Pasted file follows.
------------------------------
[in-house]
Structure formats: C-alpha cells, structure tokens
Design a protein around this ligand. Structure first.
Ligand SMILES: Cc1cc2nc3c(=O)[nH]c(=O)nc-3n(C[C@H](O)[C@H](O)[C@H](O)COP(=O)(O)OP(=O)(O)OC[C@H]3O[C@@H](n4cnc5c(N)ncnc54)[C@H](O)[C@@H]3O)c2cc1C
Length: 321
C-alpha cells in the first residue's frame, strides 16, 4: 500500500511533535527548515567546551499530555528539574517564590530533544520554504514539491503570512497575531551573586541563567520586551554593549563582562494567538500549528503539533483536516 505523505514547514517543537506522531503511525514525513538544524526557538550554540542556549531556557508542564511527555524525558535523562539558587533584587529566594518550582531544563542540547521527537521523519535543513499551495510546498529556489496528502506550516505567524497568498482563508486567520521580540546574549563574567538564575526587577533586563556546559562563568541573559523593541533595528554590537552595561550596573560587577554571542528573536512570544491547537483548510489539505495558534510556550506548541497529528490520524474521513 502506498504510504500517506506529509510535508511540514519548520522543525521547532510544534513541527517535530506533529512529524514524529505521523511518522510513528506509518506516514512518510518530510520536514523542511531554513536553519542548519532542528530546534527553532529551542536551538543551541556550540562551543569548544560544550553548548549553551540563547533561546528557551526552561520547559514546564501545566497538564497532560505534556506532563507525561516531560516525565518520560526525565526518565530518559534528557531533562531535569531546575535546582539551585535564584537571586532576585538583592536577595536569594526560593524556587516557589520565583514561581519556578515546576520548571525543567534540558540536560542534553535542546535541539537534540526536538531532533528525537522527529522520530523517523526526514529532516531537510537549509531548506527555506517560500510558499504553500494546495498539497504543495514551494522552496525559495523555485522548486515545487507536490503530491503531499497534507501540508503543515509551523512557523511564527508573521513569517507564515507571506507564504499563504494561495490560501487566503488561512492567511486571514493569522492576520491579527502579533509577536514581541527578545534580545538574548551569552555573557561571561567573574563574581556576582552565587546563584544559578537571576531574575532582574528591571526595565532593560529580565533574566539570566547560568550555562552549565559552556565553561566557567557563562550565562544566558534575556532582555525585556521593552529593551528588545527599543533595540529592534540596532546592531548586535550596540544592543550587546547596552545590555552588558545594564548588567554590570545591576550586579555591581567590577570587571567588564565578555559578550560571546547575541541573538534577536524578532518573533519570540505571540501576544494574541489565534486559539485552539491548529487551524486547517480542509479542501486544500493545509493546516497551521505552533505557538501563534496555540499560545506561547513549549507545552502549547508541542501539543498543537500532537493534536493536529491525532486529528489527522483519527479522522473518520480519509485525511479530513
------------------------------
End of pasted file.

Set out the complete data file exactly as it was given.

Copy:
[in-house]
Structure formats: C-alpha cells, structure tokens
Design a protein around this ligand. Structure first.
Ligand SMILES: Cc1cc2nc3c(=O)[nH]c(=O)nc-3n(C[C@H](O)[C@H](O)[C@H](O)COP(=O)(O)OP(=O)(O)OC[C@H]3O[C@@H](n4cnc5c(N)ncnc54)[C@H](O)[C@@H]3O)c2cc1C
Length: 321
C-alpha cells in the first residue's frame, strides 16, 4: 500500500511533535527548515567546551499530555528539574517564590530533544520554504514539491503570512497575531551573586541563567520586551554593549563582562494567538500549528503539533483536516 505523505514547514517543537506522531503511525514525513538544524526557538550554540542556549531556557508542564511527555524525558535523562539558587533584587529566594518550582531544563542540547521527537521523519535543513499551495510546498529556489496528502506550516505567524497568498482563508486567520521580540546574549563574567538564575526587577533586563556546559562563568541573559523593541533595528554590537552595561550596573560587577554571542528573536512570544491547537483548510489539505495558534510556550506548541497529528490520524474521513 502506498504510504500517506506529509510535508511540514519548520522543525521547532510544534513541527517535530506533529512529524514524529505521523511518522510513528506509518506516514512518510518530510520536514523542511531554513536553519542548519532542528530546534527553532529551542536551538543551541556550540562551543569548544560544550553548548549553551540563547533561546528557551526552561520547559514546564501545566497538564497532560505534556506532563507525561516531560516525565518520560526525565526518565530518559534528557531533562531535569531546575535546582539551585535564584537571586532576585538583592536577595536569594526560593524556587516557589520565583514561581519556578515546576520548571525543567534540558540536560542534553535542546535541539537534540526536538531532533528525537522527529522520530523517523526526514529532516531537510537549509531548506527555506517560500510558499504553500494546495498539497504543495514551494522552496525559495523555485522548486515545487507536490503530491503531499497534507501540508503543515509551523512557523511564527508573521513569517507564515507571506507564504499563504494561495490560501487566503488561512492567511486571514493569522492576520491579527502579533509577536514581541527578545534580545538574548551569552555573557561571561567573574563574581556576582552565587546563584544559578537571576531574575532582574528591571526595565532593560529580565533574566539570566547560568550555562552549565559552556565553561566557567557563562550565562544566558534575556532582555525585556521593552529593551528588545527599543533595540529592534540596532546592531548586535550596540544592543550587546547596552545590555552588558545594564548588567554590570545591576550586579555591581567590577570587571567588564565578555559578550560571546547575541541573538534577536524578532518573533519570540505571540501576544494574541489565534486559539485552539491548529487551524486547517480542509479542501486544500493545509493546516497551521505552533505557538501563534496555540499560545506561547513549549507545552502549547508541542501539543498543537500532537493534536493536529491525532486529528489527522483519527479522522473518520480519509485525511479530513